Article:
Winter Driving

Driving in winter weather:

 

Seventy-five percent of all winter weather related deaths occur on the road, either in accidents or by people becoming stranded. When the weather is bad and driving conditions are poor, the best bet is to stay at home. However, if you must venture out, the following tips could make for a safer journey.

  • Make sure your car is in good running condition. Make sure that your battery, antifreeze, windshield wipers, ignition and thermostat are all in good working order. Be sure your tires have enough tread. Replace any of these items if necessary.
  • If you must go out when snow and ice are on the ground, let someone know your destination and when you plan to arrive. Also take a cell phone with you if possible.
  • Clean snow and ice off all parts of your car before you drive away.
  • Keep your gas tank as full as possible when snow and ice are forecast. This will not only give you added peace of mind, it also increases the weight of your car and this will provide additional traction.
  • Keep the following basic items in your car – windshield scraper and brush, booster/jumper cables, a tow chain or rope, bag of sand or salt, blankets, flashlight, first aid kit and road map.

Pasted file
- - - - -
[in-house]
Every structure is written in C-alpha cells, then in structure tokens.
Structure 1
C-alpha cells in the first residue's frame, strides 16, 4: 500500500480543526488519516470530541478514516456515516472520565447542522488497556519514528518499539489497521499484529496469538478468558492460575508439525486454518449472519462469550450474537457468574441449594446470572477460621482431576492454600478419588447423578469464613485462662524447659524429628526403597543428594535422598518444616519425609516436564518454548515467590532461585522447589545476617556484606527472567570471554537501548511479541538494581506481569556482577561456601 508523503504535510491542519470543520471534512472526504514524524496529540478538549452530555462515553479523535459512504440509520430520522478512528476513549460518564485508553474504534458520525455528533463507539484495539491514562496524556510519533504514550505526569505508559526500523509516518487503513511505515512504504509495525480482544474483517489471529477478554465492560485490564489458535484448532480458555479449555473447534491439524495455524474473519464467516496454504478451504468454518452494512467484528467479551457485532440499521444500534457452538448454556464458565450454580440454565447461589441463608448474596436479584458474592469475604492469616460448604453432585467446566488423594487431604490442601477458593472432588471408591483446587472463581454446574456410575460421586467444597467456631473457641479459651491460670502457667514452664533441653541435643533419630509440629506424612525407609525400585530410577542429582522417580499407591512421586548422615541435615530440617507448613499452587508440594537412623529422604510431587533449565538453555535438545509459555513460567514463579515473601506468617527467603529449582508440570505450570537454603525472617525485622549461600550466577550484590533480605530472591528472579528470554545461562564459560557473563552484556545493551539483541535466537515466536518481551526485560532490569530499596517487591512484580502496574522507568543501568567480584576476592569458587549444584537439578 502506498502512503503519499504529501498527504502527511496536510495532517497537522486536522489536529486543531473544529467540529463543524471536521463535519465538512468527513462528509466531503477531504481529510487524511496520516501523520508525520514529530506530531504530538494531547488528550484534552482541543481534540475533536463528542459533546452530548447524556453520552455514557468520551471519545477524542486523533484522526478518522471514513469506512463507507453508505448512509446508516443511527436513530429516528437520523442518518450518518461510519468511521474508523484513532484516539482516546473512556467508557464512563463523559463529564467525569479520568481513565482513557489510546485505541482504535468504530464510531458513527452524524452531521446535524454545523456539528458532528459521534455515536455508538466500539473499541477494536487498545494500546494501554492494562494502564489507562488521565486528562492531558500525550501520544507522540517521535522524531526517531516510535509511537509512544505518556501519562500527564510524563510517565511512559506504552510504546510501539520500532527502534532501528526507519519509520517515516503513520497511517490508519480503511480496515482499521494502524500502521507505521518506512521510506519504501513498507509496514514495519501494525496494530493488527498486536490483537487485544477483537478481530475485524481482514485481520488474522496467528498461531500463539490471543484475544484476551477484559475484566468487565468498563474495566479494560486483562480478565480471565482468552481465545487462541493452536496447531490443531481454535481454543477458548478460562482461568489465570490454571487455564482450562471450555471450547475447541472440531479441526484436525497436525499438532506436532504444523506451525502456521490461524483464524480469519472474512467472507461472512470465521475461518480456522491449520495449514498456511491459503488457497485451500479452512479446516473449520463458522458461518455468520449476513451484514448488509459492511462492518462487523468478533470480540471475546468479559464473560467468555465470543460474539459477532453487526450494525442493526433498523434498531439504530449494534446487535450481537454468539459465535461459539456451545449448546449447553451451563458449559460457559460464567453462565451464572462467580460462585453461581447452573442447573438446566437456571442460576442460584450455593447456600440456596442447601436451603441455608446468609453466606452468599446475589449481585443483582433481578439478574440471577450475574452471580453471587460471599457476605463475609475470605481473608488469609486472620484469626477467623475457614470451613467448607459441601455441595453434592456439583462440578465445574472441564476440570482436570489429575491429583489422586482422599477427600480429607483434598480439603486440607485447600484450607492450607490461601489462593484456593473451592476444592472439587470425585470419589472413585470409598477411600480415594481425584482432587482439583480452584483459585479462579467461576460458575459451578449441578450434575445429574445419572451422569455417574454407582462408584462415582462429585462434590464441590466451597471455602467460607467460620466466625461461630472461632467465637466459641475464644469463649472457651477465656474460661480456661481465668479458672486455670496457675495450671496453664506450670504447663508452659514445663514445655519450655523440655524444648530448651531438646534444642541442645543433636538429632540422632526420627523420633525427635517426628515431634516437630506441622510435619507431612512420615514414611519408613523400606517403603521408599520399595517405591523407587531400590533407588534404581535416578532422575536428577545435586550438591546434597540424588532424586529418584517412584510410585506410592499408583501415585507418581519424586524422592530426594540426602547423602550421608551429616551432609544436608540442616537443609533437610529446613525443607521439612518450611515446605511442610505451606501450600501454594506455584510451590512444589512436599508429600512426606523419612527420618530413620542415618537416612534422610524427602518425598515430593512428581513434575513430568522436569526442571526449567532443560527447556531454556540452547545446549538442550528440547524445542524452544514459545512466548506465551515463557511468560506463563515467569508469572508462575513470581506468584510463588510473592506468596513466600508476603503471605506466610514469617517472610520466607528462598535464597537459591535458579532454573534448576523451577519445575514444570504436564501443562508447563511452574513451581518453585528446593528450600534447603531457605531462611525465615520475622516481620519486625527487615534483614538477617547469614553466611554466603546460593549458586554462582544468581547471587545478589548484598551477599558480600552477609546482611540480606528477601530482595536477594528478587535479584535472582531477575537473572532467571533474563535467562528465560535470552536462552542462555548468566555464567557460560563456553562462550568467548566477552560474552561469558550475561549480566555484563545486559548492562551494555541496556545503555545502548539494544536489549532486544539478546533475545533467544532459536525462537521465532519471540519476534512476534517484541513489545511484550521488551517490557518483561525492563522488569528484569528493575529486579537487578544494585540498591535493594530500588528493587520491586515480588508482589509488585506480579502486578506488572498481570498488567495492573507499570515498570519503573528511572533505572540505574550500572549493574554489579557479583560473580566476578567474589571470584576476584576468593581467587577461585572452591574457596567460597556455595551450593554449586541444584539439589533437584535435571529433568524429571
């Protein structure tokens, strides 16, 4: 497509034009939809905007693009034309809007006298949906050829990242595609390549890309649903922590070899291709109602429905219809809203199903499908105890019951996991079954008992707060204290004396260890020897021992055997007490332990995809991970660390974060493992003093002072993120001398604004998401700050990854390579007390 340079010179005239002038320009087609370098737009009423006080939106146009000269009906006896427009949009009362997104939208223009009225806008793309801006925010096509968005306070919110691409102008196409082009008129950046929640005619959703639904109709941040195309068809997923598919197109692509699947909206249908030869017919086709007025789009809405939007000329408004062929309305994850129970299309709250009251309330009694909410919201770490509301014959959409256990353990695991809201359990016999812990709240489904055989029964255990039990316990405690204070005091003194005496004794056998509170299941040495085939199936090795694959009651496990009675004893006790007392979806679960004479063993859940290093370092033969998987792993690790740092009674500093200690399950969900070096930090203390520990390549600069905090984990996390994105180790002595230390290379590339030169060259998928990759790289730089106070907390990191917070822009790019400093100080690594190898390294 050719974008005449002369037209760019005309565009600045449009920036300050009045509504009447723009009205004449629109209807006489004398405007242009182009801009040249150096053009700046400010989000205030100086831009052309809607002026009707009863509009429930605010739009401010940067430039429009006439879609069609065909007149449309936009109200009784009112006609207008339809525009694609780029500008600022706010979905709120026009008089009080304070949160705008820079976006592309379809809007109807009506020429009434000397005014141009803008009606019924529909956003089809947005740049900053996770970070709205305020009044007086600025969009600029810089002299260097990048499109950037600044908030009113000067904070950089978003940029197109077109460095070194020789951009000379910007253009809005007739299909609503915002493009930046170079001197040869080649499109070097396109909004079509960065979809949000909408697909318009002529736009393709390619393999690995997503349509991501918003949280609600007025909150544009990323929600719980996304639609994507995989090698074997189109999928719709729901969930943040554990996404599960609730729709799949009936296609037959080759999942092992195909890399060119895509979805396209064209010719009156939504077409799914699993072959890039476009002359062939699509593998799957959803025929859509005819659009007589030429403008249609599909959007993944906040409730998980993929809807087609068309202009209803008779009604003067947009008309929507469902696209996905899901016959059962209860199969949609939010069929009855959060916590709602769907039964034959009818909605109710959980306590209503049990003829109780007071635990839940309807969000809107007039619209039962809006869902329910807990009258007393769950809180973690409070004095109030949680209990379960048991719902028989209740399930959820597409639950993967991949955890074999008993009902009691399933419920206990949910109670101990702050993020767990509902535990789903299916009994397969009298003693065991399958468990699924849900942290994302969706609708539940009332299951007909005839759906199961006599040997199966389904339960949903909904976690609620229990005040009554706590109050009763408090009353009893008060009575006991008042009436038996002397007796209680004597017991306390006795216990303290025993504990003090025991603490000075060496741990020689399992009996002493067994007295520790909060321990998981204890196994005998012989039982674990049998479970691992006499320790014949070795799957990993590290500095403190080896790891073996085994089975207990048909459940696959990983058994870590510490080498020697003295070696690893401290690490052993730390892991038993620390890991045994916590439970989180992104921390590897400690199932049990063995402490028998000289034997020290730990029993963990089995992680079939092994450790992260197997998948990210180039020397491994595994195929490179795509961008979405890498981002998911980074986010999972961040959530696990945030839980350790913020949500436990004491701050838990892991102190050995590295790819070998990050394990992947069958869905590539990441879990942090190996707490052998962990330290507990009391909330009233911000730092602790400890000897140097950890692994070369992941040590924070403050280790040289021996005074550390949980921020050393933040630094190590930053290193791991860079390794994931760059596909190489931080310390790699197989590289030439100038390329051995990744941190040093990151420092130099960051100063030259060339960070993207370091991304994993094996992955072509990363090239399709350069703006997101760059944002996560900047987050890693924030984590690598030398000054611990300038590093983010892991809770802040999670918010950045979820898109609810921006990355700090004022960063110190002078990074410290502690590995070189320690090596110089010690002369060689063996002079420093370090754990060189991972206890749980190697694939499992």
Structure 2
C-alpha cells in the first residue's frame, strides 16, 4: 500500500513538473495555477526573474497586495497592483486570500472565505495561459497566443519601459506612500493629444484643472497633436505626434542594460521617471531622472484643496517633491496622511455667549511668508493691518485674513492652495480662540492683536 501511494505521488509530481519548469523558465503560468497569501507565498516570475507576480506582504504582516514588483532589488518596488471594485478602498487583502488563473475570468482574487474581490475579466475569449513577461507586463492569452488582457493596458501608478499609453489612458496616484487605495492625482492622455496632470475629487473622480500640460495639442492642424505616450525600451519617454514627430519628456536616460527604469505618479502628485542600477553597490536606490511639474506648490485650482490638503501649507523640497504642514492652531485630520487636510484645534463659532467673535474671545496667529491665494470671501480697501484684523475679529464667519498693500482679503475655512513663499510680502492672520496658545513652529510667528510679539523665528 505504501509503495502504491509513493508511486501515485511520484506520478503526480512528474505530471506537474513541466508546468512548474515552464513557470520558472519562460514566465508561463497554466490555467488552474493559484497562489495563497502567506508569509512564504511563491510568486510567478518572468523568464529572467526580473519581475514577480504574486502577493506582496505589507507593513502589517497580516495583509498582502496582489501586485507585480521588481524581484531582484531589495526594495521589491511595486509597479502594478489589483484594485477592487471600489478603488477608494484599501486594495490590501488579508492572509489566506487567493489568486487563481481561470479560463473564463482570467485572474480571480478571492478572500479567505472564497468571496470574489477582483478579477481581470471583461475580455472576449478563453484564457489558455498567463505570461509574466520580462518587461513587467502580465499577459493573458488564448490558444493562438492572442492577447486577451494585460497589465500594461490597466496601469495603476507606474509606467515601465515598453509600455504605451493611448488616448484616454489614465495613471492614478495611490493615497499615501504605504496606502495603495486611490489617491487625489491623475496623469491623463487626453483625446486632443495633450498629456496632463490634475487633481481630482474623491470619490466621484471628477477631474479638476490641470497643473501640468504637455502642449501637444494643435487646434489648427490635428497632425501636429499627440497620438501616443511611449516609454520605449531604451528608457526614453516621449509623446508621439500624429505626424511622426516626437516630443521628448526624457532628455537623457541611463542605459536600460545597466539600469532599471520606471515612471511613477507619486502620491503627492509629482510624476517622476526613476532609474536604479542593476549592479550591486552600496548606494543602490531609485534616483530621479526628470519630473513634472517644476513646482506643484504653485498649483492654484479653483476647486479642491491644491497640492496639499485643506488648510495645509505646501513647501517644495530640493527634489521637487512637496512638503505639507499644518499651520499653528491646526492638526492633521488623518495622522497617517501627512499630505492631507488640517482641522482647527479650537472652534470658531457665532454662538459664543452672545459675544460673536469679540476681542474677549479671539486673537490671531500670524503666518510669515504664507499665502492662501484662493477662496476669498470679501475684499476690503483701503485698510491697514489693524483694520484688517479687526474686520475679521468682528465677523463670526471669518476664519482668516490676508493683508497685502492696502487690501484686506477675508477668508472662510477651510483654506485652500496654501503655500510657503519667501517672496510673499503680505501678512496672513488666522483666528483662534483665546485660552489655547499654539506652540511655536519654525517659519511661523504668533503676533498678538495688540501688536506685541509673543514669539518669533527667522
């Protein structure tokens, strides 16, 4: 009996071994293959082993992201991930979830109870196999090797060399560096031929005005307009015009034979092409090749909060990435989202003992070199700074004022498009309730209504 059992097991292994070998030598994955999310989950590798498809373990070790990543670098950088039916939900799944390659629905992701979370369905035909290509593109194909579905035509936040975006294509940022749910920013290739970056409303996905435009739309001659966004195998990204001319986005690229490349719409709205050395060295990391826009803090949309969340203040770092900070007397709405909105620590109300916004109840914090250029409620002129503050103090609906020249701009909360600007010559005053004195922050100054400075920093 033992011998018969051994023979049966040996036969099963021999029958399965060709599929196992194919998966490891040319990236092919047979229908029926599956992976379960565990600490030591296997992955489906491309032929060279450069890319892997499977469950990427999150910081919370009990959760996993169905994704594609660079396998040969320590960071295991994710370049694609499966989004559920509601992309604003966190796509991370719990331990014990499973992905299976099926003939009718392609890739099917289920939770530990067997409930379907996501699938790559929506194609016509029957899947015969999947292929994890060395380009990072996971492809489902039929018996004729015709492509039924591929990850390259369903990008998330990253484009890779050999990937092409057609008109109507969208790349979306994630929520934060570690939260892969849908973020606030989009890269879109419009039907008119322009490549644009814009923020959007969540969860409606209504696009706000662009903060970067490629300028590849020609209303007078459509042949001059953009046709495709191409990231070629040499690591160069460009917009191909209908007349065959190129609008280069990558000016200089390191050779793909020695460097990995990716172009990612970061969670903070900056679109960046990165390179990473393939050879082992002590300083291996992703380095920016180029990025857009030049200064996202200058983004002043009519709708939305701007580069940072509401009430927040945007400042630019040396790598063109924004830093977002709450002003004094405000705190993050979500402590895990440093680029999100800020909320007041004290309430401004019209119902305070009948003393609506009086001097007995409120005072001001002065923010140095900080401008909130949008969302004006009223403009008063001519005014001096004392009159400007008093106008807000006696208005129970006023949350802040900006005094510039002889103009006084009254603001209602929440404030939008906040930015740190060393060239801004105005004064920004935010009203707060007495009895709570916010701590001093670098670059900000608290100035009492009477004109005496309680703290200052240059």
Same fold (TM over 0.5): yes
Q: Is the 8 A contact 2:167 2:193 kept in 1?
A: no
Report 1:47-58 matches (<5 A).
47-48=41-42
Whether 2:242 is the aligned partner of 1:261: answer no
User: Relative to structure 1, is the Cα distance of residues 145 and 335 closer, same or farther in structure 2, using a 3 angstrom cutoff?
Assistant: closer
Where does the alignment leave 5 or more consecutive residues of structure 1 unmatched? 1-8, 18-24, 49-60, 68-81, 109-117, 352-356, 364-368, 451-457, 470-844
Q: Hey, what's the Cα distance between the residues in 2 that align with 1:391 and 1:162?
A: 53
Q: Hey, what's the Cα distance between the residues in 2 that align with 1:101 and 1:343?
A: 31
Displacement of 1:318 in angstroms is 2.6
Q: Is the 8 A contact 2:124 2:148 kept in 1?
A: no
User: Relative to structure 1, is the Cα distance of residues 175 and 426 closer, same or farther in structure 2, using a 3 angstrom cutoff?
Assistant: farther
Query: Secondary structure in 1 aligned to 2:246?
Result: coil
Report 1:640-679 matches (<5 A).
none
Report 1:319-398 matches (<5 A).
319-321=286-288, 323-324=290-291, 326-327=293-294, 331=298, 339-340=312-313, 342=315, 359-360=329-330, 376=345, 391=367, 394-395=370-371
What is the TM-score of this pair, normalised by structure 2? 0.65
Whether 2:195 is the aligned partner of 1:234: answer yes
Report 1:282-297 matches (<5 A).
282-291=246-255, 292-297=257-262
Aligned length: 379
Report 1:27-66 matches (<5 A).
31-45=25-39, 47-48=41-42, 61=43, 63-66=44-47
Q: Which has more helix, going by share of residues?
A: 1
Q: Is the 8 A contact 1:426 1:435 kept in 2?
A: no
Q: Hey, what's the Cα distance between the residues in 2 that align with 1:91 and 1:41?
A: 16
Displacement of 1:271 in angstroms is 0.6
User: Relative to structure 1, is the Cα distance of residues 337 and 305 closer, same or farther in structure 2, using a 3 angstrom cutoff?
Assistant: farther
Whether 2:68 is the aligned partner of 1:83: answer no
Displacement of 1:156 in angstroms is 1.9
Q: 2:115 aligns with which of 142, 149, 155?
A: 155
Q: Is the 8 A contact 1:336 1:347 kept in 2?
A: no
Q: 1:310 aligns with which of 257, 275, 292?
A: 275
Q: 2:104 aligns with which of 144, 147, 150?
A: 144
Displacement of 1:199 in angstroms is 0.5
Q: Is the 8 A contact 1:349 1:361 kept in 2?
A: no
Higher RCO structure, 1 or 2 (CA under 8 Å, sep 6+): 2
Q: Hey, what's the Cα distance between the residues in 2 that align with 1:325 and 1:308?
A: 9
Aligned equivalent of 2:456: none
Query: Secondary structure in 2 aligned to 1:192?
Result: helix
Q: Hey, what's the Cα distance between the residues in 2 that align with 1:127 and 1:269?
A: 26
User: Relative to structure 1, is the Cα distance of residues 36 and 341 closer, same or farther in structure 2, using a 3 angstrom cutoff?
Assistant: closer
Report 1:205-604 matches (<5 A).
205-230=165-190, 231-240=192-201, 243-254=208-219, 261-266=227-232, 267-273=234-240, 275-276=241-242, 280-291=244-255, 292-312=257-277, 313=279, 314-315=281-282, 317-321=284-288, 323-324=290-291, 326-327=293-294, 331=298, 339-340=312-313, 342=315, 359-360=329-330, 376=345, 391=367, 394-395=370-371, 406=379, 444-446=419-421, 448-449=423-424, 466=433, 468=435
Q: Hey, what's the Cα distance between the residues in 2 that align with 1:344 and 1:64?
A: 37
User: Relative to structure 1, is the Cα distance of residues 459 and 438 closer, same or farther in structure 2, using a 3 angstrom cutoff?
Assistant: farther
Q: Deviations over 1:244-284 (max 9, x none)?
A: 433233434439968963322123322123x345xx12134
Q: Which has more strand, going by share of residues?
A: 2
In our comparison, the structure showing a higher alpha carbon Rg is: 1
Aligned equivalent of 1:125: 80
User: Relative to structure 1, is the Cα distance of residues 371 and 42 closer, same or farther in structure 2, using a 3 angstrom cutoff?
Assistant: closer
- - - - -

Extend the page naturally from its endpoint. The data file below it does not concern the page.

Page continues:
• Overall drive slow. Driving at even posted speeds is extremely dangerous when snow and ice are on the road. Many vehicles will lose traction especially at higher speeds resulting in serious accident and vehicle rollovers.
  • Steer your car into the skid. If your vehicle loses traction and begins to skid, steer the front tires into the direction of the skid. Never hit your brakes as this will result in a more serious skid and spinning of the vehicle. When your vehicle skids keep your cool and remain calm. Again driving at slower speeds will help you recover from a skid.

 

If you get stranded on the road:

  • Stay in your car! Do not seek alternate shelter unless it is close by or already visible. You can easily become disoriented in heavy snow and cold temperatures. Take a cell phone with you when you travel if possible.
  • Periodically turn on the car engine for brief periods. This will help provide heat to the inside of the car. However, to avoid carbon monoxide gas buildup, clear the exhaust pipe of snow and leave a downwind window slightly open for ventilation.
  • Make yourself visible by tying a colored cloth to your antenna or door, or by turning on your dome light when running the engine.